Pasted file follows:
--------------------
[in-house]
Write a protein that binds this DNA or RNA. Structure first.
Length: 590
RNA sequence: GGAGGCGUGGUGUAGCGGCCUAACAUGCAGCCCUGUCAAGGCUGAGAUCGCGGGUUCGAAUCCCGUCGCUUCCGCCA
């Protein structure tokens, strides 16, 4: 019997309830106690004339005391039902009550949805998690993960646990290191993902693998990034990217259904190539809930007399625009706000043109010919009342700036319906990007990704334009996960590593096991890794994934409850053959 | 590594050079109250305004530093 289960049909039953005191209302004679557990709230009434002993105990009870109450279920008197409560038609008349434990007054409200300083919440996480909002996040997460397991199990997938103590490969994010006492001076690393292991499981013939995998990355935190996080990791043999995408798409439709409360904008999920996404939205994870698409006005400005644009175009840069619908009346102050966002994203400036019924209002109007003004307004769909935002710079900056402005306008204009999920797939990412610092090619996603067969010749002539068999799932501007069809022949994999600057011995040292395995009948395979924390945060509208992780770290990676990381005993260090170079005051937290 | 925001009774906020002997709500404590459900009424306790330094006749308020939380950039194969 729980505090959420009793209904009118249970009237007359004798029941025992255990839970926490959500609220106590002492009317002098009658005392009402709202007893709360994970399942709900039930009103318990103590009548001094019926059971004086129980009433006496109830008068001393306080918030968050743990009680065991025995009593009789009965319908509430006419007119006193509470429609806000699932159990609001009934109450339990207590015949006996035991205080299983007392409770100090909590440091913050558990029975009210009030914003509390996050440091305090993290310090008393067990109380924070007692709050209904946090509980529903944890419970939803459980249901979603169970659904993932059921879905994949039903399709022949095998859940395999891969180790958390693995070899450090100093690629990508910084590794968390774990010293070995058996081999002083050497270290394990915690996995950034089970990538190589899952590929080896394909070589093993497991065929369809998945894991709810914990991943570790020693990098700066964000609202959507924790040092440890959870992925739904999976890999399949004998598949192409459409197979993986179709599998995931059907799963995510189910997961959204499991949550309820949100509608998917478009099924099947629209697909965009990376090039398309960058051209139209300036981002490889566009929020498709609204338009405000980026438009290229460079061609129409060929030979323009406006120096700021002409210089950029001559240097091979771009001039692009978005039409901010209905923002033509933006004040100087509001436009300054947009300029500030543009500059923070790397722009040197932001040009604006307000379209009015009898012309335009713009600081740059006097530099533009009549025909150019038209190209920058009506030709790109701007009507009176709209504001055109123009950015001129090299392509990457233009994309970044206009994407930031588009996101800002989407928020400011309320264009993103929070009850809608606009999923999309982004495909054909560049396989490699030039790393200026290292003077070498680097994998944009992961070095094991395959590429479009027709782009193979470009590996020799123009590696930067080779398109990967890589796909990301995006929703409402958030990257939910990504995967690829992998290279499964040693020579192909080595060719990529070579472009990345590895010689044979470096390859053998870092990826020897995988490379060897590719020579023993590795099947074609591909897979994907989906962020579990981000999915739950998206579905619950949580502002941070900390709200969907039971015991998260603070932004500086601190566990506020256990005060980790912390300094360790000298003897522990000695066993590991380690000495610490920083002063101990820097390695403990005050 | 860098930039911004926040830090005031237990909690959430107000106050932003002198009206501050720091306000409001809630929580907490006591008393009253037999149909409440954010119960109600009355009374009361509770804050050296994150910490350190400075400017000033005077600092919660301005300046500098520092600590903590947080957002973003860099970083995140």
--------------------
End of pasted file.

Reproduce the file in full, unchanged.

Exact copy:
[in-house]
Write a protein that binds this DNA or RNA. Structure first.
Length: 590
RNA sequence: GGAGGCGUGGUGUAGCGGCCUAACAUGCAGCCCUGUCAAGGCUGAGAUCGCGGGUUCGAAUCCCGUCGCUUCCGCCA
């Protein structure tokens, strides 16, 4: 019997309830106690004339005391039902009550949805998690993960646990290191993902693998990034990217259904190539809930007399625009706000043109010919009342700036319906990007990704334009996960590593096991890794994934409850053959 | 590594050079109250305004530093 289960049909039953005191209302004679557990709230009434002993105990009870109450279920008197409560038609008349434990007054409200300083919440996480909002996040997460397991199990997938103590490969994010006492001076690393292991499981013939995998990355935190996080990791043999995408798409439709409360904008999920996404939205994870698409006005400005644009175009840069619908009346102050966002994203400036019924209002109007003004307004769909935002710079900056402005306008204009999920797939990412610092090619996603067969010749002539068999799932501007069809022949994999600057011995040292395995009948395979924390945060509208992780770290990676990381005993260090170079005051937290 | 925001009774906020002997709500404590459900009424306790330094006749308020939380950039194969 729980505090959420009793209904009118249970009237007359004798029941025992255990839970926490959500609220106590002492009317002098009658005392009402709202007893709360994970399942709900039930009103318990103590009548001094019926059971004086129980009433006496109830008068001393306080918030968050743990009680065991025995009593009789009965319908509430006419007119006193509470429609806000699932159990609001009934109450339990207590015949006996035991205080299983007392409770100090909590440091913050558990029975009210009030914003509390996050440091305090993290310090008393067990109380924070007692709050209904946090509980529903944890419970939803459980249901979603169970659904993932059921879905994949039903399709022949095998859940395999891969180790958390693995070899450090100093690629990508910084590794968390774990010293070995058996081999002083050497270290394990915690996995950034089970990538190589899952590929080896394909070589093993497991065929369809998945894991709810914990991943570790020693990098700066964000609202959507924790040092440890959870992925739904999976890999399949004998598949192409459409197979993986179709599998995931059907799963995510189910997961959204499991949550309820949100509608998917478009099924099947629209697909965009990376090039398309960058051209139209300036981002490889566009929020498709609204338009405000980026438009290229460079061609129409060929030979323009406006120096700021002409210089950029001559240097091979771009001039692009978005039409901010209905923002033509933006004040100087509001436009300054947009300029500030543009500059923070790397722009040197932001040009604006307000379209009015009898012309335009713009600081740059006097530099533009009549025909150019038209190209920058009506030709790109701007009507009176709209504001055109123009950015001129090299392509990457233009994309970044206009994407930031588009996101800002989407928020400011309320264009993103929070009850809608606009999923999309982004495909054909560049396989490699030039790393200026290292003077070498680097994998944009992961070095094991395959590429479009027709782009193979470009590996020799123009590696930067080779398109990967890589796909990301995006929703409402958030990257939910990504995967690829992998290279499964040693020579192909080595060719990529070579472009990345590895010689044979470096390859053998870092990826020897995988490379060897590719020579023993590795099947074609591909897979994907989906962020579990981000999915739950998206579905619950949580502002941070900390709200969907039971015991998260603070932004500086601190566990506020256990005060980790912390300094360790000298003897522990000695066993590991380690000495610490920083002063101990820097390695403990005050 | 860098930039911004926040830090005031237990909690959430107000106050932003002198009206501050720091306000409001809630929580907490006591008393009253037999149909409440954010119960109600009355009374009361509770804050050296994150910490350190400075400017000033005077600092919660301005300046500098520092600590903590947080957002973003860099970083995140």